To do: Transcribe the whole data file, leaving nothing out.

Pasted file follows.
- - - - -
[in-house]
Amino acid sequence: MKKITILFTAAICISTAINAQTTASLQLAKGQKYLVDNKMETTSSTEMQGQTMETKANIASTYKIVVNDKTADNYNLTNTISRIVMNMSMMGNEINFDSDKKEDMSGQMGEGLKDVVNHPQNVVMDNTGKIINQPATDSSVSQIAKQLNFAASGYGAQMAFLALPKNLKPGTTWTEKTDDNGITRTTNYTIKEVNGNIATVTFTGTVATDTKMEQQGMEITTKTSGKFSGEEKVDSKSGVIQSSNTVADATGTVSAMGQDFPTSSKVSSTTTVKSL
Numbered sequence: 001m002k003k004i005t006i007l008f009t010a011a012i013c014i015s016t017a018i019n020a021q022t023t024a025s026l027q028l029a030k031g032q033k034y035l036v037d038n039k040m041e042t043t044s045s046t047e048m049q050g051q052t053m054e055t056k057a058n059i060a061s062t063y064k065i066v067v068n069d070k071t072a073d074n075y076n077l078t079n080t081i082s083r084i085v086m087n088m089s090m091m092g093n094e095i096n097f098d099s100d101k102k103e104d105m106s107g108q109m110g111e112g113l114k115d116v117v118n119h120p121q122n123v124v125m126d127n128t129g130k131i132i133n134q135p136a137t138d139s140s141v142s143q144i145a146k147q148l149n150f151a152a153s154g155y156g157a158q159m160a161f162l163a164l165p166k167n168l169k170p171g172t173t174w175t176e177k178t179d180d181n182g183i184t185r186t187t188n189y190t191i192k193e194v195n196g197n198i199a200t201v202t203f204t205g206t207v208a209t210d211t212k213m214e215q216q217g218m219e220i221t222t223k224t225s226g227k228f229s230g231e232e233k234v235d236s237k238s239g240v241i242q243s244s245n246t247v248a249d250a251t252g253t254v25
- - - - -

[in-house]
Amino acid sequence: MKKITILFTAAICISTAINAQTTASLQLAKGQKYLVDNKMETTSSTEMQGQTMETKANIASTYKIVVNDKTADNYNLTNTISRIVMNMSMMGNEINFDSDKKEDMSGQMGEGLKDVVNHPQNVVMDNTGKIINQPATDSSVSQIAKQLNFAASGYGAQMAFLALPKNLKPGTTWTEKTDDNGITRTTNYTIKEVNGNIATVTFTGTVATDTKMEQQGMEITTKTSGKFSGEEKVDSKSGVIQSSNTVADATGTVSAMGQDFPTSSKVSSTTTVKSL
Numbered sequence: 001m002k003k004i005t006i007l008f009t010a011a012i013c014i015s016t017a018i019n020a021q022t023t024a025s026l027q028l029a030k031g032q033k034y035l036v037d038n039k040m041e042t043t044s045s046t047e048m049q050g051q052t053m054e055t056k057a058n059i060a061s062t063y064k065i066v067v068n069d070k071t072a073d074n075y076n077l078t079n080t081i082s083r084i085v086m087n088m089s090m091m092g093n094e095i096n097f098d099s100d101k102k103e104d105m106s107g108q109m110g111e112g113l114k115d116v117v118n119h120p121q122n123v124v125m126d127n128t129g130k131i132i133n134q135p136a137t138d139s140s141v142s143q144i145a146k147q148l149n150f151a152a153s154g155y156g157a158q159m160a161f162l163a164l165p166k167n168l169k170p171g172t173t174w175t176e177k178t179d180d181n182g183i184t185r186t187t188n189y190t191i192k193e194v195n196g197n198i199a200t201v202t203f204t205g206t207v208a209t210d211t212k213m214e215q216q217g218m219e220i221t222t223k224t225s226g227k228f229s230g231e232e233k234v235d236s237k238s239g240v241i242q243s244s245n246t247v248a249d250a251t252g253t254v25